How do we keep it open?

I agree with speedfreak43, but how do we raise the million dollars to really bring it up to scratch and keep it going at $150,000 per year?

Where are the donors?  Sponsorship.  Perhaps we could do a deal with Phillip Morris, Cadburys or a coffee company.

There definitely needs to be a protest march down the main street. No point in having a neurology department if your dont have the maintenance facilities to keep the patients healthy.


Not the council

Speedfreak: It is not the council's responsibilty to enure this facility stays open. Healthcare is funded by taxes, not rates, and thus falls directly on central government's shoulders. If the council was to fund this it would be yet another case on an item which should funded by tax that this government foists onto local government so they can fire tax cuts to their mates or fund boat races or gift smelters to stay open an extra year.

This is yet another case of an anti-stadium brigade member trying to link a subject that is in no way related at all.

Blame this on the underfunding our DHB consistantly gets from so called population based funding and the same govt that intends to debt fund an upgrade/rebuild of our hospital and force the DHB to pay the interest of $20m per year without additional funding yet just sold recieved $4.5 billion for selling assets (that almost no one wanted sold) on the premise that this is the exact sort of project it was meant to be for.

The pool ugrade should be included in the greater hospital upgrade/rebuild plans. 

Save of the day

Am I the only one who can see the fact that the pool is closing as the SDHB have been told to save $20 million or the new build or refurb wont happen by the National Goverment? The pool is closing for no other reason than that. I am sick of National running down all and sundry bar Christchurch and Auckland and if they get in again the country will be all privately owned and gone for good. Maggie Thatcher did the same after 3 terms - watch and see history replay over here. Sad times ahead. And no I am not political, nor do I favour a particular party I just can see where this is heading.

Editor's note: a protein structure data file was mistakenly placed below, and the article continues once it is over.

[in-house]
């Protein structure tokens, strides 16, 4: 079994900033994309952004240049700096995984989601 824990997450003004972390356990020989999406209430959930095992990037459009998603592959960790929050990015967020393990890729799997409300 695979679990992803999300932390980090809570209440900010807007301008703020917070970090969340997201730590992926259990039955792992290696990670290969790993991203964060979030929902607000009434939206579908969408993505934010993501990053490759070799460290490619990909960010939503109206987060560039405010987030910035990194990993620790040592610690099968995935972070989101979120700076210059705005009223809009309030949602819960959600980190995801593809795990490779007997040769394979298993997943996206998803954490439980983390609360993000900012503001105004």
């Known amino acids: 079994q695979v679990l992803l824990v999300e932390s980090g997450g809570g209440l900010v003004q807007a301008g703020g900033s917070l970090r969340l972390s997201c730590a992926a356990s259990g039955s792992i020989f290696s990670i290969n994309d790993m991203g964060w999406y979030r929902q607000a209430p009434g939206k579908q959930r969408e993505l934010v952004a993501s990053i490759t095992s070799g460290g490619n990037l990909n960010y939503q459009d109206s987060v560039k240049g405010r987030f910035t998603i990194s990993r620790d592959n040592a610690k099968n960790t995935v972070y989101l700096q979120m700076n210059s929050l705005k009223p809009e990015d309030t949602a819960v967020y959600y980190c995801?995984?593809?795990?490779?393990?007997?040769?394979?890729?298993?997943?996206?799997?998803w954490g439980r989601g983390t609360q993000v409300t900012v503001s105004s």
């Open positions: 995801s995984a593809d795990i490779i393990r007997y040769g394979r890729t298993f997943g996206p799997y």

The alternative

Simone: As I outlined below I had a similar experience.

Readers may be familiar of that movie staple, someone taking their first steps after an operation on the parallel bars with a couple of medical people there to catch them when the fall - well, the pool is there to catch you. I didn't need expensive medical help to work through this, just a physio to give me an exercise plan so I could go down, stagger in on my crutches, and do some self directed exercises for a couple of hours in the pool with instructions from seeing a physio once a week.

So if the DHB gets rid of the pool they'll essentially have to replace it with a whole bunch of parallel bars and people to catch you.

Pool closure

This is shocking!  I used the pool extensively for 3 years after major reconstructive surgery to my leg.  It would be a lame leg now if it hadn't have been for the use of this pool and at the time I was too sick to be able to get to Moana, just not the facilities.  Am now back at both my own businesses, both of which is fully demanding physically and have full use of leg.   Would probably be relying on the taxpayers' dollar to keep me going if I hadnt been able to use this pool.  And would be unable to now be paying rates on two houses and two sections.  Honestly. this is so shortsighted.